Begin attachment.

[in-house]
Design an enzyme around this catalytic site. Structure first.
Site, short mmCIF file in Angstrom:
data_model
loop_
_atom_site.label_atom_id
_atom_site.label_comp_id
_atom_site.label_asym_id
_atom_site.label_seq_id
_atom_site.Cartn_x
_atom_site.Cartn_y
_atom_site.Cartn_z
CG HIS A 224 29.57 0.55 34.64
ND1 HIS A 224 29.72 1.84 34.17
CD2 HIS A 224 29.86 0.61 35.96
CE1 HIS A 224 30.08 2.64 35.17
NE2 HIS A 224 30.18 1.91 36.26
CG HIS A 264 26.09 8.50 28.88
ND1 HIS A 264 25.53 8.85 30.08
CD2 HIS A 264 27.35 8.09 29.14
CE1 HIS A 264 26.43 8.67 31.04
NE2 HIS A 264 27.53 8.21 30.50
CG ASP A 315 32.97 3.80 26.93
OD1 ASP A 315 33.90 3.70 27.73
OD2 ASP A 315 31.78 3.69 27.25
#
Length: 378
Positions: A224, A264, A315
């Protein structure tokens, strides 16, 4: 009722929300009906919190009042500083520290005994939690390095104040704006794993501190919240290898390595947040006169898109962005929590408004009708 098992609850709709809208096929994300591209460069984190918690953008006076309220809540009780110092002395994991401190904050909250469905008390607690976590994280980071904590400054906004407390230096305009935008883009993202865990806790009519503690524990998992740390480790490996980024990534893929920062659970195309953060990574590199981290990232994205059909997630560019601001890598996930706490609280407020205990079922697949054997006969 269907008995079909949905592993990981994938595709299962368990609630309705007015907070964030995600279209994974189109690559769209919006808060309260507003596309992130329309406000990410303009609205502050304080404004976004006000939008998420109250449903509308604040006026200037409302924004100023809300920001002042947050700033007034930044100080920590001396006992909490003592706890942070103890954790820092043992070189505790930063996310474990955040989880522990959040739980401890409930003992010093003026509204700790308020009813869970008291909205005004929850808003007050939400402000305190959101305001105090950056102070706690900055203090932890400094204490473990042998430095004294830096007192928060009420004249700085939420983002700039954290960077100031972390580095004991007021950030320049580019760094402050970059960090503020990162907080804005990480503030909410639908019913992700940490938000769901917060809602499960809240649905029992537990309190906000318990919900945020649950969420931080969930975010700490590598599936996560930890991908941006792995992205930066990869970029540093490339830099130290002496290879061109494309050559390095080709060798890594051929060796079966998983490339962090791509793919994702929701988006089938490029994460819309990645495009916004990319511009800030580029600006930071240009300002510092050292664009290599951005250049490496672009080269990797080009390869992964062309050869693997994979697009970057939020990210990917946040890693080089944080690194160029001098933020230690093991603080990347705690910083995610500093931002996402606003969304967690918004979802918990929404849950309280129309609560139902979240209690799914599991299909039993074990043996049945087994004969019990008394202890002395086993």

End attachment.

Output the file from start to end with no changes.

[in-house]
Design an enzyme around this catalytic site. Structure first.
Site, short mmCIF file in Angstrom:
data_model
loop_
_atom_site.label_atom_id
_atom_site.label_comp_id
_atom_site.label_asym_id
_atom_site.label_seq_id
_atom_site.Cartn_x
_atom_site.Cartn_y
_atom_site.Cartn_z
CG HIS A 224 29.57 0.55 34.64
ND1 HIS A 224 29.72 1.84 34.17
CD2 HIS A 224 29.86 0.61 35.96
CE1 HIS A 224 30.08 2.64 35.17
NE2 HIS A 224 30.18 1.91 36.26
CG HIS A 264 26.09 8.50 28.88
ND1 HIS A 264 25.53 8.85 30.08
CD2 HIS A 264 27.35 8.09 29.14
CE1 HIS A 264 26.43 8.67 31.04
NE2 HIS A 264 27.53 8.21 30.50
CG ASP A 315 32.97 3.80 26.93
OD1 ASP A 315 33.90 3.70 27.73
OD2 ASP A 315 31.78 3.69 27.25
#
Length: 378
Positions: A224, A264, A315
């Protein structure tokens, strides 16, 4: 009722929300009906919190009042500083520290005994939690390095104040704006794993501190919240290898390595947040006169898109962005929590408004009708 098992609850709709809208096929994300591209460069984190918690953008006076309220809540009780110092002395994991401190904050909250469905008390607690976590994280980071904590400054906004407390230096305009935008883009993202865990806790009519503690524990998992740390480790490996980024990534893929920062659970195309953060990574590199981290990232994205059909997630560019601001890598996930706490609280407020205990079922697949054997006969 269907008995079909949905592993990981994938595709299962368990609630309705007015907070964030995600279209994974189109690559769209919006808060309260507003596309992130329309406000990410303009609205502050304080404004976004006000939008998420109250449903509308604040006026200037409302924004100023809300920001002042947050700033007034930044100080920590001396006992909490003592706890942070103890954790820092043992070189505790930063996310474990955040989880522990959040739980401890409930003992010093003026509204700790308020009813869970008291909205005004929850808003007050939400402000305190959101305001105090950056102070706690900055203090932890400094204490473990042998430095004294830096007192928060009420004249700085939420983002700039954290960077100031972390580095004991007021950030320049580019760094402050970059960090503020990162907080804005990480503030909410639908019913992700940490938000769901917060809602499960809240649905029992537990309190906000318990919900945020649950969420931080969930975010700490590598599936996560930890991908941006792995992205930066990869970029540093490339830099130290002496290879061109494309050559390095080709060798890594051929060796079966998983490339962090791509793919994702929701988006089938490029994460819309990645495009916004990319511009800030580029600006930071240009300002510092050292664009290599951005250049490496672009080269990797080009390869992964062309050869693997994979697009970057939020990210990917946040890693080089944080690194160029001098933020230690093991603080990347705690910083995610500093931002996402606003969304967690918004979802918990929404849950309280129309609560139902979240209690799914599991299909039993074990043996049945087994004969019990008394202890002395086993």